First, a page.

Punjab National Bank’s Q2 results a glimmer of hope for its investors
- Errors in GST returns filing a hurdle in issuing tax refunds to exporters: CBEC
- Supreme Court puts the spotlight on audit firms
- Govt has not asked PNB to settle dues from fraud
- Philanthropists need to be bridging leaders: Peggy Dulany
- PNB fraud: Didn’t consider PwC bid for audit of Nirav Modi accounts, says bank
In the March quarter, Punjab National Bank (PNB) earned notoriety by reporting the largest quarterly loss by any Indian lender. Since then, the public sector bank has swung back into profit and showed a net profit of Rs549 crore in the September quarter.
The 11% drop in profit for PNB was largely expected by most analysts and some had even expected a loss in the second quarter. So was the muted growth in advances, and a fall in net interest income.
The state-owned bank’s historic loss of Rs5,370 crore in the March quarter was on the back of a phenomenal rise in bad loans and provisions for the same. The quarters that followed haven’t been merciful.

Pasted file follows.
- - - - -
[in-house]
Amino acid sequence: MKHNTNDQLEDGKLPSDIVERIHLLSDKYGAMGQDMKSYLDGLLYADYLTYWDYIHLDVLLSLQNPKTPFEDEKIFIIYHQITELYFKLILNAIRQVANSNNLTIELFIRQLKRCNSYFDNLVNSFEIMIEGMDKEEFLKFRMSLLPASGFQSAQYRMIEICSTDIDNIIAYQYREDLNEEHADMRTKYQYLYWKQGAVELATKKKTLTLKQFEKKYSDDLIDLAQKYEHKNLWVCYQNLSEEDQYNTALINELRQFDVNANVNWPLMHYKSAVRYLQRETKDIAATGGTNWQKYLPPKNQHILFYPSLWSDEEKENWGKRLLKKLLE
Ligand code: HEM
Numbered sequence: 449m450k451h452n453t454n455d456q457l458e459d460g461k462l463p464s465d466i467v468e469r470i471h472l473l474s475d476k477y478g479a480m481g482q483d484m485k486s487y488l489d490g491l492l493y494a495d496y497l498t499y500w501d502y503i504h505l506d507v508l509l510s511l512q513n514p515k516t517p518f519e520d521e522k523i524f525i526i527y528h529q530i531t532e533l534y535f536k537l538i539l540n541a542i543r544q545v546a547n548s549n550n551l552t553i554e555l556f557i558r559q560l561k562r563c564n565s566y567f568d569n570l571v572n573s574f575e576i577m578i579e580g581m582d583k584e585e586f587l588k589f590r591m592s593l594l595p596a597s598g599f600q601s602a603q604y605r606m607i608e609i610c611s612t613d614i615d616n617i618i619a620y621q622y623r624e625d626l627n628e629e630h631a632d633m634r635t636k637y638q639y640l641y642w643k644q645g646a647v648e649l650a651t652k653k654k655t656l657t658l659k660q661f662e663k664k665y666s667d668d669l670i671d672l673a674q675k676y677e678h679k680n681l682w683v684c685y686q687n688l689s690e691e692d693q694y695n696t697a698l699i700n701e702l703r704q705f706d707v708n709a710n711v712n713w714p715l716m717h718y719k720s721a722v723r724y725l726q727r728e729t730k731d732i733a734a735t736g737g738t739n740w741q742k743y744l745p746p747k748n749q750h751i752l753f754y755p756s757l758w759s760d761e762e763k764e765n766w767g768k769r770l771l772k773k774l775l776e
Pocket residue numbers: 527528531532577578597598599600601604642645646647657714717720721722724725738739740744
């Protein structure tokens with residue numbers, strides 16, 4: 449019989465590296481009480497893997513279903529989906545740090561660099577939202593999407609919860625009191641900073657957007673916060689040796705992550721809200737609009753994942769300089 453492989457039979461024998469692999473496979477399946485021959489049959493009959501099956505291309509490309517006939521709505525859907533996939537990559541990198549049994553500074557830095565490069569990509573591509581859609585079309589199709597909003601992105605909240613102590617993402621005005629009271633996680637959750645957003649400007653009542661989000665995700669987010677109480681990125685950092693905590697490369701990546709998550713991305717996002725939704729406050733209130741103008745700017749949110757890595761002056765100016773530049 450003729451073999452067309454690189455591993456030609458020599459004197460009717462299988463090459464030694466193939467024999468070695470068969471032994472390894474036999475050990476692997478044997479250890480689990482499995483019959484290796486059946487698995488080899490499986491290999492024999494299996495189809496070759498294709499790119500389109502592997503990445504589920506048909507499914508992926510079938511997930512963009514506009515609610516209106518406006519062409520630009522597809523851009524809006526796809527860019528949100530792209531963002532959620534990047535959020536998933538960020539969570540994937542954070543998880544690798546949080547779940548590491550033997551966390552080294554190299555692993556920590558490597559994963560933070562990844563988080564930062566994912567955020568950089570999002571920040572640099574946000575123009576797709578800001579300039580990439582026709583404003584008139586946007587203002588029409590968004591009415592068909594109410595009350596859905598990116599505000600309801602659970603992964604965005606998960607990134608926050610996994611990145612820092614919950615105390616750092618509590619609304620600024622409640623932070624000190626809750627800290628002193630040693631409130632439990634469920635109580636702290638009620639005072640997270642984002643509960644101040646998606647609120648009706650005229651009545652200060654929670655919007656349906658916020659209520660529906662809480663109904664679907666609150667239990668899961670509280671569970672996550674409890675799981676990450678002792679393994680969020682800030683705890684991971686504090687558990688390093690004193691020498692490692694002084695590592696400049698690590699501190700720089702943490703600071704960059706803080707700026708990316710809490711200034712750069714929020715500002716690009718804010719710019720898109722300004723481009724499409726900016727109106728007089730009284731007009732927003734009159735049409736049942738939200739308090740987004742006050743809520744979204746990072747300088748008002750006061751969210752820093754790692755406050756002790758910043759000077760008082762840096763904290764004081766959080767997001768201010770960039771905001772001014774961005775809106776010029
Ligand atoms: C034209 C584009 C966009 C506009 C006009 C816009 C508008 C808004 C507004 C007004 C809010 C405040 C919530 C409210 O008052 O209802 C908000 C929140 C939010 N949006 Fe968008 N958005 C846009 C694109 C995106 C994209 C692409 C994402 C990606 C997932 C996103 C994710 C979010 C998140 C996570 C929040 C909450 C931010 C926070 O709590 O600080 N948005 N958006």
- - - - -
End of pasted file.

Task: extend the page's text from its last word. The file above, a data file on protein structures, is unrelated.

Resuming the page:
In the September quarter too, gross non-performing assets continued to stay above 13% and the stressed asset ratio remained a massive 18%.
Write-downs have escalated indicating that the lender’s war room in bad loans is not getting much luck in resolution.
But there is a silver lining, in fact several of them.
Firstly, the bank’s fresh slippages have reduced to Rs5,089 crore in the September quarter from Rs7,533 crore in the previous quarter. Its cash recoveries have risen and so have upgrades.
PNB has consciously shrunk its exposure to large companies, especially infrastructure. All this shows the bank’s war-room executives have not been twiddling their thumbs.
But much of this is perhaps factored in by the increase in the bank’s stock price over the last three months. Since the announcement of its June quarter results, shares of PNB have gained about 6%, a lot of it helped by beaten down valuations compared with peers such as State Bank of India and Bank of Baroda.
Since one quarter does not a trend make, investors would best sit tight to see whether the lender repeats the performance in the coming quarters.